5 Legacy Poems

Have you ever thought about what type of legacy you are making in living your life each day? Let these legacy poems give you thoughts to consider about the legacy you are leaving through the actions of your life.

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  1. Bequest
    Poet: Emily Dickinson

    You left me, sweet, two legacies, -
    A legacy of love
    A Heavenly Father would content,
    Had He the offer of;

    You left me boundaries of pain
    Capacious as the sea,
    Between eternity and time,
    Your consciousness and me.

  2. My Legacy
    Poet: Lucy Maud Montgomery

    My friend has gone away from me
    From shadow into perfect light,
    But leaving a sweet legacy.

    My heart shall hold it long in fee­
    A grand ideal, calm and bright,
    A song of hope for ministry,

    A faith of unstained purity,
    A thought of beauty for delight­
    These did my friend bequeath to me;

    And, more than even these can be,
    The worthy pattern of a white,
    Unmarred life lived most graciously.

    Dear comrade, loyal thanks to thee
    Who now hath fared beyond my sight,
    My friend has gone away from me,
    But leaving a sweet legacy.

  3. Train Of Life Poems
    Train Of Life Poem

  4. Living Legacy
    Poet: Catherine Pulsifer

    How you act, what you do today
    Is a living legacy on display
    Kind acts, kind words you speak
    Give us a peek.
    How you make others feel
    Is a legacy revealed.

    It is not material things,
    Short term money brings.
    But helping others will always be
    A true living legacy.
    If we look at your life today
    What type of legacy do you display?

  5. Helping others will always be A true living legacy.
    Legacy Quotes

  6. Legacy
    Poet: Douglas Malloch

    Each man must leave to earth a legacy;
    Embarking on the waves of mystery
    Must leave some footprint by the unknown sea.

    Legacy -  Poet: Douglas Malloch
    Read the full poem Legacy

  7. My Legacy
    Poet: Helen Hunt

    They told me I was heir:
    I turned in haste,
    And ran to seek my treasure.
    And wondered, as I ran, how it was placed,
    If I should find a measure
    Of gold, or if the titles of fair lands
    And houses would be laid within my hands.

    I journeyed many roads; I knocked at gates;
    I spoke to each wayfarer
    I met, and said, "A heritage awaits
    Me. Art not thou the bearer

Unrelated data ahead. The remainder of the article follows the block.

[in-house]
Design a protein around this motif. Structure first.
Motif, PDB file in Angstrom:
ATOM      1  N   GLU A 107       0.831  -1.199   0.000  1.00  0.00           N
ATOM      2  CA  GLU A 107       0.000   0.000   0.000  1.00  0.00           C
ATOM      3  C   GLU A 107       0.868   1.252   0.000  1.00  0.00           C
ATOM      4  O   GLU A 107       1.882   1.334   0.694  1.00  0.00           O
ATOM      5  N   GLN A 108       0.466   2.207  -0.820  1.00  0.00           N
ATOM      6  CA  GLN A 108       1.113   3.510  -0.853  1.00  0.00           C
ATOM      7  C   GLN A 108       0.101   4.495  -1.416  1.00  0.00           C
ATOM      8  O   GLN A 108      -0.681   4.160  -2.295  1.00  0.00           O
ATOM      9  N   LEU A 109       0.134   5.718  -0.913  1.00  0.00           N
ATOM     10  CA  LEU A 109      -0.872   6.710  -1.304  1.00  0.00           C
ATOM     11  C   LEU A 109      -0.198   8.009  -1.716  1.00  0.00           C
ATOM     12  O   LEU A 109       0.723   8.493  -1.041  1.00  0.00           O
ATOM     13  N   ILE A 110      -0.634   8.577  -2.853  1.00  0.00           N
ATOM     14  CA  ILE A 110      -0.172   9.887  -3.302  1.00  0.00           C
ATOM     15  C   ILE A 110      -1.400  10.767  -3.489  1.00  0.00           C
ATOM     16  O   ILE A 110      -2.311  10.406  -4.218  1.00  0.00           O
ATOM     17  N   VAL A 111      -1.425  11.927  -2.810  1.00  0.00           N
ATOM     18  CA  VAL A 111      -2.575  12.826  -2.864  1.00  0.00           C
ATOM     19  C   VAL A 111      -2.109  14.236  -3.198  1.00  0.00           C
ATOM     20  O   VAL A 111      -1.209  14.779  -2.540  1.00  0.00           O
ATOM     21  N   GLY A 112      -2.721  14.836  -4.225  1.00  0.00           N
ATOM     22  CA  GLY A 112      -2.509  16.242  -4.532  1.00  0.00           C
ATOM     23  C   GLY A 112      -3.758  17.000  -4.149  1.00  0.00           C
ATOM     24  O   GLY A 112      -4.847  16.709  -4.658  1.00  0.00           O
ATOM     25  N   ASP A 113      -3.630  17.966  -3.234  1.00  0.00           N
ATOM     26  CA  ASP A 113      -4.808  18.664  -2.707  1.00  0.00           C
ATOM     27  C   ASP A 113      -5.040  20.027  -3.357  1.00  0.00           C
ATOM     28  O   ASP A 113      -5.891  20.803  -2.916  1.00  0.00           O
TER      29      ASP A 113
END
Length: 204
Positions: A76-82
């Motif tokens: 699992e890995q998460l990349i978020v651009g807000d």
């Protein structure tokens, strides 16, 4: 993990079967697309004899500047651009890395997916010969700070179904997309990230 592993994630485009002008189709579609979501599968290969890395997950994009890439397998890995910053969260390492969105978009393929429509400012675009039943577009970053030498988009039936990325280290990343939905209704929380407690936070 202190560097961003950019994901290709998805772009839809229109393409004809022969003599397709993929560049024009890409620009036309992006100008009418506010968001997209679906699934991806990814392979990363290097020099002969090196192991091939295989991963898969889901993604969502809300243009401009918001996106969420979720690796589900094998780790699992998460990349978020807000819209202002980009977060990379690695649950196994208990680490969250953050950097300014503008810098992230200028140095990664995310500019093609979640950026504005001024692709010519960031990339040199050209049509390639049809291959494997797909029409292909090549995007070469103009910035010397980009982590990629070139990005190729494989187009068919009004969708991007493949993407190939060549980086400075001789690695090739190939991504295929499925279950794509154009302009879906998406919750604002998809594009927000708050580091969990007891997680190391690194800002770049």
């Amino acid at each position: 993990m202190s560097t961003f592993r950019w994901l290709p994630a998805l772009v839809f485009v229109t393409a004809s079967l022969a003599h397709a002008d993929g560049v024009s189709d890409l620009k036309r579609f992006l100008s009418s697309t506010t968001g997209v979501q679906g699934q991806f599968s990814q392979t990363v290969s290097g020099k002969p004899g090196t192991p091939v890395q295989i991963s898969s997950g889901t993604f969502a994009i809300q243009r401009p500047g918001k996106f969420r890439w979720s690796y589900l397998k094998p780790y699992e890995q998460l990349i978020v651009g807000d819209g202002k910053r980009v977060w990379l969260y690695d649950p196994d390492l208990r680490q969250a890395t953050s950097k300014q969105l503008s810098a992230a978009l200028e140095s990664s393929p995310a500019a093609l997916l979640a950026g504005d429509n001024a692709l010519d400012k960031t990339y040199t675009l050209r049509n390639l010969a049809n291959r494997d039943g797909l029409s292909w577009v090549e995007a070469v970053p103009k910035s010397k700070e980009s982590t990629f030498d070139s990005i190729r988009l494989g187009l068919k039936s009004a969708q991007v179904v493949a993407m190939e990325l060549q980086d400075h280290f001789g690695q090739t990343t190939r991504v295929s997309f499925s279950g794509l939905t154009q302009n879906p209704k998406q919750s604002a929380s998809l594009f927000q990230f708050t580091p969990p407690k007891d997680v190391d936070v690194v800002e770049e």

Of news? some message sent to me whereby
    I learn which way my new possessions lie?"

    Some asked me in; naught lay beyond their door;
    Some smiled, and would not tarry,
    But said that men were just behind who bore
    More gold than I could carry;
    And so the morn the noon, the day, were spent,
    While empty-handed up and down I went.

    At last one cried, whose face I could not see,
    As through the mists he hasted:
    "Poor child, what evil ones have hindered thee
    Till this whole day is wasted?
    Hath no man told thee that thou art joint heir
    With one named Christ, who waits the goods to share?"

    The one named Christ I sought for many days,
    In many places vainly;
    I heard men name his name in many ways;
    I saw his temples plainly;
    But they who named him most gave me no sign
    To find him by, or prove the heirship mine.

    And when at last I stood before his face,
    I knew him by no token
    Save subtle air of joy which filled the place;
    Our greeting was not spoken;
    In solemn silence I received my share.
    Kneeling before my brother and "joint heir."

    My share! No deed of house or spreading lands,
    As I had dreamed; no measure
    Heaped up with gold; my elder brother's hands
    Had never held such treasure.
    Foxes have holes, and birds in nests are fed:
    My brother had not where to lay his head.

    My share! The right like him to know all pain
    Which hearts are made for knowing;
    The right to find in loss the surest gain;
    To reap my joy from sowing
    In bitter tears; the right with him to keep
    A watch by day and night with all who weep.

    My share! To-day men call it grief and death;
    I see the joy and life to-morrow;
    I thank my Father with my every breath,
    For this sweet legacy of sorrow;
    And through my tears I call to each "joint heir"
    With Christ, "Make haste to ask him for thy share."

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Featured Famous Poets:

Catherine Pulsifer
Catherine Pulsifer

Douglas Malloch
Douglas Malloch

More Famous Poems

May these poems help you reflect on the type of legacy you are leaving. What you say, what you do will determine the legacy of your life.

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